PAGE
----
In the wake of the violence, the Red Cross has complained of a lack of national co-ordination. “The big problem is co-ordination of information between authorities and NGOs. Its not very well organised,” Francoise Le Goff, director of the Red Cross in Southern Africa, told APA.

“The government is still looking for shelters for people and were still in an emergency situation.” She added that “in Zambia, our teams are expecting the arrival of 25, 000 Zimbabweans,” while more than 5, 000 Zimbabweans had been helped to cross over to Mozambique.

Muriel Cornelius, programme coordinator for South Africa for the aid group Doctors without Borders (Medecins Sans Frontieres, MSF) said “The situation is about to get worse. People have still not received aid and theyre not even under tents. “The reaction of civil society is incredible but it is not enough,” she added.


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Japan to announce a package of aid to Africa during the TICAD4

Posted by African Press International on May 28, 2008

Publisher: Korir, source.apa

By a special APA correspondent in Japan

The Japanese Prime Minister Yasuo Fukuda is expected to announce a series of measures in aid and loan to Africa during the 4th Tokyo International Conference on African Development (TICAD IV) that is scheduled to open in Yokohama near Tokyo on Wednesday, reported the Japanese press.
According to “The Yomiuri Shimbun” which obtained a copy of Prime Minister Fukudas speech, Japan will extend yen-denominated loans worth up to 415 billion yen (US$4 billion) and financial assistance totaling about 260 billion yen (US$2,5 billion) over the next five years to promote African development.


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Japan condemns clashes on north/south Sudan border

Posted by African Press International on May 28, 2008

Publisher: Korir, source.apa

The Japanese Vice Minister and Parliamentary Secretary in the ministry of Foreign Affairs Mr. Yasuhide Yakayama, on Tuesday, in an interview in Tokyo with APA, has condemned last weeks fierce battle between the Sudanese Armed Forces and the Sudan Peoples Liberation Army (SPLA) in the disputed border area of Abyei between north and south Sudan, that displaced over 90, 000 people, most of whom having recently returned from their displaced camps in the north.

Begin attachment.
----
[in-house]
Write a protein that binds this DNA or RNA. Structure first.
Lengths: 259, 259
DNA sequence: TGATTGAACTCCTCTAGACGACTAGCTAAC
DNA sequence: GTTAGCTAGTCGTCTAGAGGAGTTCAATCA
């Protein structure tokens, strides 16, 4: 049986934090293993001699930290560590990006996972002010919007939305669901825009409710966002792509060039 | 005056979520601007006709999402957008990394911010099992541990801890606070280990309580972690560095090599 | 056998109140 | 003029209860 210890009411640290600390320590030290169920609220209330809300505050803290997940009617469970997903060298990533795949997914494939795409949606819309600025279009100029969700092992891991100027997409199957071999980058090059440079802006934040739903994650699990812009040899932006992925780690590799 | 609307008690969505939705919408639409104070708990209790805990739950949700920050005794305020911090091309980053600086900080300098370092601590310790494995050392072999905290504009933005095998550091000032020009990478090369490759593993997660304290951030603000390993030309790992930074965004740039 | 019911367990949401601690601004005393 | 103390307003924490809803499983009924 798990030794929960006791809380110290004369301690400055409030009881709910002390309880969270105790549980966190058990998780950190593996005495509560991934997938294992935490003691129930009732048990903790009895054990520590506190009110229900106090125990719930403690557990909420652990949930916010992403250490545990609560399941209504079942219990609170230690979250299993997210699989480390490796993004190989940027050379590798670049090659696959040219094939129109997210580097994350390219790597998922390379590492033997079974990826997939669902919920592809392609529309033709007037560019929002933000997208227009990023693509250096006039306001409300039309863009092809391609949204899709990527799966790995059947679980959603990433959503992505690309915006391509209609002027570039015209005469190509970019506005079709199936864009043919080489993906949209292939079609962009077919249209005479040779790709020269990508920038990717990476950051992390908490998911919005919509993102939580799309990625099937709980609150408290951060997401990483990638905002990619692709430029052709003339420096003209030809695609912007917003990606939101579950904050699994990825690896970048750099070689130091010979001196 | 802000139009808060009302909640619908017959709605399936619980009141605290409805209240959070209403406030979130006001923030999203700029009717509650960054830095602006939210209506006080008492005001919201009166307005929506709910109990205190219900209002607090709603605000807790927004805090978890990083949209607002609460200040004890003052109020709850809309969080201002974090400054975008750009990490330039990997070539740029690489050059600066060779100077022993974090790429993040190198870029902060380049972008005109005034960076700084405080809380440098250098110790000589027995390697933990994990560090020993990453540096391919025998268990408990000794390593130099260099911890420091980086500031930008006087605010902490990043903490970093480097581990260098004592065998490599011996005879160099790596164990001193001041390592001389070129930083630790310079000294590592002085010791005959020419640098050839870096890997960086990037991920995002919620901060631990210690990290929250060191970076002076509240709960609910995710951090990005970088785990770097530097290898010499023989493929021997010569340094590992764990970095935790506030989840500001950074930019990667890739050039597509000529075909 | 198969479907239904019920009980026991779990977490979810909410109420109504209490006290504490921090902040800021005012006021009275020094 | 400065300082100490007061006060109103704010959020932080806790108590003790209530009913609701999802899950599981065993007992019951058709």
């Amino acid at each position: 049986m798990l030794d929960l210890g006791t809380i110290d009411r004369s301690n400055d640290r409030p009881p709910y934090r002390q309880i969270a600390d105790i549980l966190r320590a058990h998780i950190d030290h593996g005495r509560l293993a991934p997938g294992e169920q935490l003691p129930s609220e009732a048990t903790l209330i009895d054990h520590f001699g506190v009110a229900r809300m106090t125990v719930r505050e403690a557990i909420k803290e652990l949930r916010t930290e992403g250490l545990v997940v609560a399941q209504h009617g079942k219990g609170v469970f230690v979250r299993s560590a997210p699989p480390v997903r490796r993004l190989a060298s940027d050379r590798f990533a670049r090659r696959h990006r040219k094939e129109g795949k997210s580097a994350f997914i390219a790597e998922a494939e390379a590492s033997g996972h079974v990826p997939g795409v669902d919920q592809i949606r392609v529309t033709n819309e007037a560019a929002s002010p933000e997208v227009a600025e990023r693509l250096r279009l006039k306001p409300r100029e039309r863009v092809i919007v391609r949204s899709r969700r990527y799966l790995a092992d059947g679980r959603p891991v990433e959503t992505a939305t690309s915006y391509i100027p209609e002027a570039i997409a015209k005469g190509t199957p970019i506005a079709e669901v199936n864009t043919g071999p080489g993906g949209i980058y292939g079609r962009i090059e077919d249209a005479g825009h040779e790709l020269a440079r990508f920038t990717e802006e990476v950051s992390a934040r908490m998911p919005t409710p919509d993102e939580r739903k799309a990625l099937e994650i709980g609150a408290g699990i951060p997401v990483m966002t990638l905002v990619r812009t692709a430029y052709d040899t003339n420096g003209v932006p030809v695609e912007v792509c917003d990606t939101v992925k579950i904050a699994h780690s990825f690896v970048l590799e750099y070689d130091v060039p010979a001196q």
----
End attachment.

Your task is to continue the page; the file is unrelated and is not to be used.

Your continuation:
Vice Minister Yakayama called for urgent investigation into the clashes there by the international community, including the Sudanese government to come out with a fair assessment of the causes and consequences.

The fierce battle broke out in Abyei, a contested area between the north and south Sudan, on May 20th with about 22 people reported killed and many others injured. Several houses, markets, schools, hospitals, offices and shops were said to have been burned to the ground followed by looting, which was blamed on government-backed local militias known as Misseriya, a tribe that share the disputed border area with the Dinka Ngok of Southern Sudan.

Mr. Yakayama called the clash unendurable and also called on both the government of Sudan and the SPLM to adhere to the Comprehensive Peace Agreement (CPA) signed in the Kenyan capital of Nairobi in 2005.

He said Japan is trying to extend its assistance to the Abyei region but some parties are trying to destroy the peace, he said, adding, We need to resist those who want to destroy the peace.

He said Japan is considering sending its Self-Defense Force to Sudan as part of his governments contribution to the United Nations peacekeeping operations in Southern Sudan.

Yakayama however said that engaging in reconstruction work was his governments first priority and as such, he said most members of the Self-Defense Force would be civil engineers so that they will be engaged in a range of reconstruction activities, including road construction.

According to him, the Japanese ministries of Foreign Affairs and Defense are currently co-operating to finalize the plan, but he declined to provide APA with a specific date as to when and how many personnel would be dispatched to the region.


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Nigerian military denies any soldier killed in attack on Shell facilities

Posted by African Press International on May 28, 2008

Publisher: Korir, source.apa

Spokesman of the Military Joint Task Force (JTF) stationed in the Niger Delta, State, Lieutenant Colonel Sagir Musa said no soldier was killed in Mondays attack on a flow station belonging to Shell Petroleum Development Company (SPDC) by militants of the Movement for the Emancipation of the Niger Delta (MEND).